to show him that it was, and he went on. “Old Ireland is very poor-; but thank God she is not poor enough to take the unpaid wages of anybody.
Send it back.”
A gentleman from Boston
went to him with a letter of introduction, which he sent up to him at his house in Merrion Square. O'Connell
came down to the door, as was his wont, put out both his hands, and drew him into his library.
“I am glad to see you,” said he; “I am always glad to see anybody from Massachusetts
, a free State.”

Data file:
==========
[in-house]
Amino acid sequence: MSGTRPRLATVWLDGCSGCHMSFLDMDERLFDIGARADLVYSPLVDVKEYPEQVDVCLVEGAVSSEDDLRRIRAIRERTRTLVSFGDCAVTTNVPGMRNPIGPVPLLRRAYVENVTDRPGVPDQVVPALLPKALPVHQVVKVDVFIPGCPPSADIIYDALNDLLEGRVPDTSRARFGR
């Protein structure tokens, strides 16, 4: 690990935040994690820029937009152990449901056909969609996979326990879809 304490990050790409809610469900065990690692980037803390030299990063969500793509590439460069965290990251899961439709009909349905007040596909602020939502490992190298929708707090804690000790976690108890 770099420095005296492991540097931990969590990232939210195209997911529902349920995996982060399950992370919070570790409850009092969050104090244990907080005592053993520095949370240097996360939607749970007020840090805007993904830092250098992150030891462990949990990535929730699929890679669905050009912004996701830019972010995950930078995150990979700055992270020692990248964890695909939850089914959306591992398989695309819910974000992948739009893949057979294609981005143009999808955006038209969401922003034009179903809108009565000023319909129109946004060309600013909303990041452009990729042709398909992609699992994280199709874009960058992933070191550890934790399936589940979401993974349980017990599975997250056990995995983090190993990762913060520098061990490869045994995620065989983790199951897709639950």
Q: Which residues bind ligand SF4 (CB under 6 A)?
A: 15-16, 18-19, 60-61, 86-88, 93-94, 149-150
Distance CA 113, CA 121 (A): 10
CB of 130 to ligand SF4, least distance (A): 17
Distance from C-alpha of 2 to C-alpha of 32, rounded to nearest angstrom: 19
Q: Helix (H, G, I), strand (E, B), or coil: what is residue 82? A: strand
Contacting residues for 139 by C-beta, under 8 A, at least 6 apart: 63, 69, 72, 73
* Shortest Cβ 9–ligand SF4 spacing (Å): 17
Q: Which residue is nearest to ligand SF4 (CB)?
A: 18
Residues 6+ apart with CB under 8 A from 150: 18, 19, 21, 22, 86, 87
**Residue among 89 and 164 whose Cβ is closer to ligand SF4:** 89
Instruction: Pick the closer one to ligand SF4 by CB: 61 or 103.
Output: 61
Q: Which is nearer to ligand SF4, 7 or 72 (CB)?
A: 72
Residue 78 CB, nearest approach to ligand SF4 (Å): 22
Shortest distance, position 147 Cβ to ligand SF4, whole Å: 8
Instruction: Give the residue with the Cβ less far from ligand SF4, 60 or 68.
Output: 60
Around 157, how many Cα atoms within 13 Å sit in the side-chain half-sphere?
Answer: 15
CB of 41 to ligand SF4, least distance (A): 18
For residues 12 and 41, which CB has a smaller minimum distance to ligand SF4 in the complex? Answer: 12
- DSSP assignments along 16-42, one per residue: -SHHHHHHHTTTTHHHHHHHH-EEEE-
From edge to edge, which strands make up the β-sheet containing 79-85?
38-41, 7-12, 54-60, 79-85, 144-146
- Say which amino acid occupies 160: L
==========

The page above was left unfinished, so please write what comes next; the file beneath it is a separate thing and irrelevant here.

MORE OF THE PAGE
“But,” said the guest, “this is slavery you allude to, Mr. O'Connell
I would like to say a word to you in justification of that institution.”
“Very well, sir,--free speech in this house; say anything you please.
But before you begin to defend a man's right to own his brother, allow me to step out and lock up my spoons.”
That was the man. The ocean of his philanthropy knew no shore.
And right in this connection, let me read the following despatch:--